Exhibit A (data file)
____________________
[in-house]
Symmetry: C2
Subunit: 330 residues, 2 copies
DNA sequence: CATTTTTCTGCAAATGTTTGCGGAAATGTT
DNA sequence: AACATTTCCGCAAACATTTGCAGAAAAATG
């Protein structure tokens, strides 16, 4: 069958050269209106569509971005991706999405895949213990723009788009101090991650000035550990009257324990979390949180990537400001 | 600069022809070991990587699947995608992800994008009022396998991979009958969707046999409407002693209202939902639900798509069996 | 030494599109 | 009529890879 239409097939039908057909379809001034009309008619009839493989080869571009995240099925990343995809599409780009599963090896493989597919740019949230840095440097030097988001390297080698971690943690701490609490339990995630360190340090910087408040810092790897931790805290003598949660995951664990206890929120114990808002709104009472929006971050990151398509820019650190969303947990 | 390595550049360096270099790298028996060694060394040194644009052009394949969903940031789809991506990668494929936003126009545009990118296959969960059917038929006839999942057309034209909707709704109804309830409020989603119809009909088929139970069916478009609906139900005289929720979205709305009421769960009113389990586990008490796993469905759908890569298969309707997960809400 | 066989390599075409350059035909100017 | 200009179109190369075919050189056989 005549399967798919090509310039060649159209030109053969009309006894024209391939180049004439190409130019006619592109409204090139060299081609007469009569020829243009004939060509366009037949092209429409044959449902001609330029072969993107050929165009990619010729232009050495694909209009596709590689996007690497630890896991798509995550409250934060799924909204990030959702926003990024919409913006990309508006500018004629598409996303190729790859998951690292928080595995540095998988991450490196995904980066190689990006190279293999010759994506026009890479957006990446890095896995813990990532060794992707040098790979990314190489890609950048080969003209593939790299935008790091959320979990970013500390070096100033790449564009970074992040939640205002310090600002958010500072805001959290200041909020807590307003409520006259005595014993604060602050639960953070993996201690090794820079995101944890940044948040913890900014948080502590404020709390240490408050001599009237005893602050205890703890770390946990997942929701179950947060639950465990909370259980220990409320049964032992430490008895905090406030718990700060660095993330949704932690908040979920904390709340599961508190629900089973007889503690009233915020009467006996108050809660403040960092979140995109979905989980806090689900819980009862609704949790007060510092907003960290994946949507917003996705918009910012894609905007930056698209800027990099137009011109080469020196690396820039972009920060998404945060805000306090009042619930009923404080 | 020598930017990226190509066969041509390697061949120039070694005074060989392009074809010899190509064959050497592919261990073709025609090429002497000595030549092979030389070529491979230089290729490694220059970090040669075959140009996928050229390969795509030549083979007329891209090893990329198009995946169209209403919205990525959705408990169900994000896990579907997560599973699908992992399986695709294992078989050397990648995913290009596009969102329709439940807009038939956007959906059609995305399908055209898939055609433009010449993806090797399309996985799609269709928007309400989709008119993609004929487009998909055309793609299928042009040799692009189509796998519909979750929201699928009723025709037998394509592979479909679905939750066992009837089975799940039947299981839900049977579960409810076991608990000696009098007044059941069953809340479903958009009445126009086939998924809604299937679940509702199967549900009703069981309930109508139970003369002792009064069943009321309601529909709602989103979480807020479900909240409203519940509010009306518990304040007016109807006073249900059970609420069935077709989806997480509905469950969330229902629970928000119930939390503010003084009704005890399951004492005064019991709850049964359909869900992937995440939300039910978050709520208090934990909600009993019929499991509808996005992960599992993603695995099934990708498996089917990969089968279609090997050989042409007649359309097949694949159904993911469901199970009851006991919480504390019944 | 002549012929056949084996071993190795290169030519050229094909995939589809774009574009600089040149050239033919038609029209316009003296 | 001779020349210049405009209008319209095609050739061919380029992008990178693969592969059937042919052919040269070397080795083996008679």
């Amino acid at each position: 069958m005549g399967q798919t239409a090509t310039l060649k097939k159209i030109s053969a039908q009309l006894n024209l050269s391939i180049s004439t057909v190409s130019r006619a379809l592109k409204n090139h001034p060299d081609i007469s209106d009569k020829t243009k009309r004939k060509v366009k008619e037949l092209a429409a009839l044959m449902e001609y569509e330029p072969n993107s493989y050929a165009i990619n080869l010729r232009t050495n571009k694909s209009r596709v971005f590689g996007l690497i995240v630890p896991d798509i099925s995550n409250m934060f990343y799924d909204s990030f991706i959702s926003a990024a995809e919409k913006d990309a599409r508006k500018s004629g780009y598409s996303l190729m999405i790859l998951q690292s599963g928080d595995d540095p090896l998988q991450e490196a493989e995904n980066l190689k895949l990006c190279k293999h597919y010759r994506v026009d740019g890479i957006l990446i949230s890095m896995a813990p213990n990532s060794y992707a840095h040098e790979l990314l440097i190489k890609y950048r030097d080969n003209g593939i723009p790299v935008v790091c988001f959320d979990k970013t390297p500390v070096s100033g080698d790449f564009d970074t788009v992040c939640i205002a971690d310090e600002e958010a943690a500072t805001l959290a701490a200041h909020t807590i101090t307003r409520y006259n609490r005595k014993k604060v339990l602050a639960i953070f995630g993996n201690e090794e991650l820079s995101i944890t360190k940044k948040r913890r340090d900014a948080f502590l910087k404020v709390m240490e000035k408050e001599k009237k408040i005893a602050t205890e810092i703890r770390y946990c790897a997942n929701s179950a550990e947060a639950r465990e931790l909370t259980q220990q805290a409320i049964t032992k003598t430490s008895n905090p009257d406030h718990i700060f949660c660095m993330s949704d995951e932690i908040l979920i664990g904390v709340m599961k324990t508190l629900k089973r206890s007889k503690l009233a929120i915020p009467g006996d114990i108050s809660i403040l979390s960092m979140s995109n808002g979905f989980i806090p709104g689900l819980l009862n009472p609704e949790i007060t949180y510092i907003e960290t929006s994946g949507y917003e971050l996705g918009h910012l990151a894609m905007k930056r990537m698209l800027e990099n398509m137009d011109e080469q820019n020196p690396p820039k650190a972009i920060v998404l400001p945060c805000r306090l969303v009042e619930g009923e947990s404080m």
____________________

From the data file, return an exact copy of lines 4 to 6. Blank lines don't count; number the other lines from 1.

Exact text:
DNA sequence: CATTTTTCTGCAAATGTTTGCGGAAATGTT
DNA sequence: AACATTTCCGCAAACATTTGCAGAAAAATG
């Protein structure tokens, strides 16, 4: 069958050269209106569509971005991706999405895949213990723009788009101090991650000035550990009257324990979390949180990537400001 | 600069022809070991990587699947995608992800994008009022396998991979009958969707046999409407002693209202939902639900798509069996 | 030494599109 | 009529890879 239409097939039908057909379809001034009309008619009839493989080869571009995240099925990343995809599409780009599963090896493989597919740019949230840095440097030097988001390297080698971690943690701490609490339990995630360190340090910087408040810092790897931790805290003598949660995951664990206890929120114990808002709104009472929006971050990151398509820019650190969303947990 | 390595550049360096270099790298028996060694060394040194644009052009394949969903940031789809991506990668494929936003126009545009990118296959969960059917038929006839999942057309034209909707709704109804309830409020989603119809009909088929139970069916478009609906139900005289929720979205709305009421769960009113389990586990008490796993469905759908890569298969309707997960809400 | 066989390599075409350059035909100017 | 200009179109190369075919050189056989 005549399967798919090509310039060649159209030109053969009309006894024209391939180049004439190409130019006619592109409204090139060299081609007469009569020829243009004939060509366009037949092209429409044959449902001609330029072969993107050929165009990619010729232009050495694909209009596709590689996007690497630890896991798509995550409250934060799924909204990030959702926003990024919409913006990309508006500018004629598409996303190729790859998951690292928080595995540095998988991450490196995904980066190689990006190279293999010759994506026009890479957006990446890095896995813990990532060794992707040098790979990314190489890609950048080969003209593939790299935008790091959320979990970013500390070096100033790449564009970074992040939640205002310090600002958010500072805001959290200041909020807590307003409520006259005595014993604060602050639960953070993996201690090794820079995101944890940044948040913890900014948080502590404020709390240490408050001599009237005893602050205890703890770390946990997942929701179950947060639950465990909370259980220990409320049964032992430490008895905090406030718990700060660095993330949704932690908040979920904390709340599961508190629900089973007889503690009233915020009467006996108050809660403040960092979140995109979905989980806090689900819980009862609704949790007060510092907003960290994946949507917003996705918009910012894609905007930056698209800027990099137009011109080469020196690396820039972009920060998404945060805000306090009042619930009923404080 | 020598930017990226190509066969041509390697061949120039070694005074060989392009074809010899190509064959050497592919261990073709025609090429002497000595030549092979030389070529491979230089290729490694220059970090040669075959140009996928050229390969795509030549083979007329891209090893990329198009995946169209209403919205990525959705408990169900994000896990579907997560599973699908992992399986695709294992078989050397990648995913290009596009969102329709439940807009038939956007959906059609995305399908055209898939055609433009010449993806090797399309996985799609269709928007309400989709008119993609004929487009998909055309793609299928042009040799692009189509796998519909979750929201699928009723025709037998394509592979479909679905939750066992009837089975799940039947299981839900049977579960409810076991608990000696009098007044059941069953809340479903958009009445126009086939998924809604299937679940509702199967549900009703069981309930109508139970003369002792009064069943009321309601529909709602989103979480807020479900909240409203519940509010009306518990304040007016109807006073249900059970609420069935077709989806997480509905469950969330229902629970928000119930939390503010003084009704005890399951004492005064019991709850049964359909869900992937995440939300039910978050709520208090934990909600009993019929499991509808996005992960599992993603695995099934990708498996089917990969089968279609090997050989042409007649359309097949694949159904993911469901199970009851006991919480504390019944 | 002549012929056949084996071993190795290169030519050229094909995939589809774009574009600089040149050239033919038609029209316009003296 | 001779020349210049405009209008319209095609050739061919380029992008990178693969592969059937042919052919040269070397080795083996008679």